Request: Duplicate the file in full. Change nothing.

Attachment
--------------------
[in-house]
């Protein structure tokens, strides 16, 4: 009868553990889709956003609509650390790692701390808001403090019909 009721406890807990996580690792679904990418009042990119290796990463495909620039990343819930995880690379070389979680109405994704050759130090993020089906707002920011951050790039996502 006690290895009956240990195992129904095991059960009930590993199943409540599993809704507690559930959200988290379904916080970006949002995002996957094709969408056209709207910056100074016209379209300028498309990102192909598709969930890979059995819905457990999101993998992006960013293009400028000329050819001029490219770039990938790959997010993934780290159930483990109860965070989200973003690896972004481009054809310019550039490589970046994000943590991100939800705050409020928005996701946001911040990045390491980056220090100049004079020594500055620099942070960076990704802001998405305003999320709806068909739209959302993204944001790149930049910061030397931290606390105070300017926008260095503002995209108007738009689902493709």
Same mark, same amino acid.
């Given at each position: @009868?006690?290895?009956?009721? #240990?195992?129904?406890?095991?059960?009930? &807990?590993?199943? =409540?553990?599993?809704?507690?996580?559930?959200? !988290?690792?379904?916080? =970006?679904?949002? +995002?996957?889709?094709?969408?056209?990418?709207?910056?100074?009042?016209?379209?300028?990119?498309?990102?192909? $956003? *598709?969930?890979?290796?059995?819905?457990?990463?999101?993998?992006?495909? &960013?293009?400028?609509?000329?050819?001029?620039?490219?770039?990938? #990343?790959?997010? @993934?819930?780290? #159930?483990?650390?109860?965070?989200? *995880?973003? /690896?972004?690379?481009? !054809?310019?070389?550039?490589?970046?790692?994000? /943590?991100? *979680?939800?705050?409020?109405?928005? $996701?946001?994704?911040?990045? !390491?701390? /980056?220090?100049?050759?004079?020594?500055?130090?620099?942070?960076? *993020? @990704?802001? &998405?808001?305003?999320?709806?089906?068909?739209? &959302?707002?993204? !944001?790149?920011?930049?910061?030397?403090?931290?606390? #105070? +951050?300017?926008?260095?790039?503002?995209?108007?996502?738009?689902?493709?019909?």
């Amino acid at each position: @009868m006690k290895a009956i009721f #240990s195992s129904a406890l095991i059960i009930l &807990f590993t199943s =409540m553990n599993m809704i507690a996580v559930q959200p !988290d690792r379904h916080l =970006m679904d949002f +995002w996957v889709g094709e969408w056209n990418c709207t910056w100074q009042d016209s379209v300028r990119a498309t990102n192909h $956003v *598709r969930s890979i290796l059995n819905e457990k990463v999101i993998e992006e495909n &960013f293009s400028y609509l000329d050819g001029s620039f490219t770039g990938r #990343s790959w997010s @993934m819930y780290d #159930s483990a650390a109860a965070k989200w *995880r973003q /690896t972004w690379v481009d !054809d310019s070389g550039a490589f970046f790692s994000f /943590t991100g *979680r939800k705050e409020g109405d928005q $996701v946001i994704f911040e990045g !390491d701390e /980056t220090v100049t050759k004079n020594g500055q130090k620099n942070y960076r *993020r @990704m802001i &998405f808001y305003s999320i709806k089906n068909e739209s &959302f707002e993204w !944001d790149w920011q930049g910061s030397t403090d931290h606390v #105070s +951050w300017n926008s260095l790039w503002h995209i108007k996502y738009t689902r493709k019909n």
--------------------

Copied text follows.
[in-house]
């Protein structure tokens, strides 16, 4: 009868553990889709956003609509650390790692701390808001403090019909 009721406890807990996580690792679904990418009042990119290796990463495909620039990343819930995880690379070389979680109405994704050759130090993020089906707002920011951050790039996502 006690290895009956240990195992129904095991059960009930590993199943409540599993809704507690559930959200988290379904916080970006949002995002996957094709969408056209709207910056100074016209379209300028498309990102192909598709969930890979059995819905457990999101993998992006960013293009400028000329050819001029490219770039990938790959997010993934780290159930483990109860965070989200973003690896972004481009054809310019550039490589970046994000943590991100939800705050409020928005996701946001911040990045390491980056220090100049004079020594500055620099942070960076990704802001998405305003999320709806068909739209959302993204944001790149930049910061030397931290606390105070300017926008260095503002995209108007738009689902493709």
Same mark, same amino acid.
């Given at each position: @009868?006690?290895?009956?009721? #240990?195992?129904?406890?095991?059960?009930? &807990?590993?199943? =409540?553990?599993?809704?507690?996580?559930?959200? !988290?690792?379904?916080? =970006?679904?949002? +995002?996957?889709?094709?969408?056209?990418?709207?910056?100074?009042?016209?379209?300028?990119?498309?990102?192909? $956003? *598709?969930?890979?290796?059995?819905?457990?990463?999101?993998?992006?495909? &960013?293009?400028?609509?000329?050819?001029?620039?490219?770039?990938? #990343?790959?997010? @993934?819930?780290? #159930?483990?650390?109860?965070?989200? *995880?973003? /690896?972004?690379?481009? !054809?310019?070389?550039?490589?970046?790692?994000? /943590?991100? *979680?939800?705050?409020?109405?928005? $996701?946001?994704?911040?990045? !390491?701390? /980056?220090?100049?050759?004079?020594?500055?130090?620099?942070?960076? *993020? @990704?802001? &998405?808001?305003?999320?709806?089906?068909?739209? &959302?707002?993204? !944001?790149?920011?930049?910061?030397?403090?931290?606390? #105070? +951050?300017?926008?260095?790039?503002?995209?108007?996502?738009?689902?493709?019909?």
């Amino acid at each position: @009868m006690k290895a009956i009721f #240990s195992s129904a406890l095991i059960i009930l &807990f590993t199943s =409540m553990n599993m809704i507690a996580v559930q959200p !988290d690792r379904h916080l =970006m679904d949002f +995002w996957v889709g094709e969408w056209n990418c709207t910056w100074q009042d016209s379209v300028r990119a498309t990102n192909h $956003v *598709r969930s890979i290796l059995n819905e457990k990463v999101i993998e992006e495909n &960013f293009s400028y609509l000329d050819g001029s620039f490219t770039g990938r #990343s790959w997010s @993934m819930y780290d #159930s483990a650390a109860a965070k989200w *995880r973003q /690896t972004w690379v481009d !054809d310019s070389g550039a490589f970046f790692s994000f /943590t991100g *979680r939800k705050e409020g109405d928005q $996701v946001i994704f911040e990045g !390491d701390e /980056t220090v100049t050759k004079n020594g500055q130090k620099n942070y960076r *993020r @990704m802001i &998405f808001y305003s999320i709806k089906n068909e739209s &959302f707002e993204w !944001d790149w920011q930049g910061s030397t403090d931290h606390v #105070s +951050w300017n926008s260095l790039w503002h995209i108007k996502y738009t689902r493709k019909n």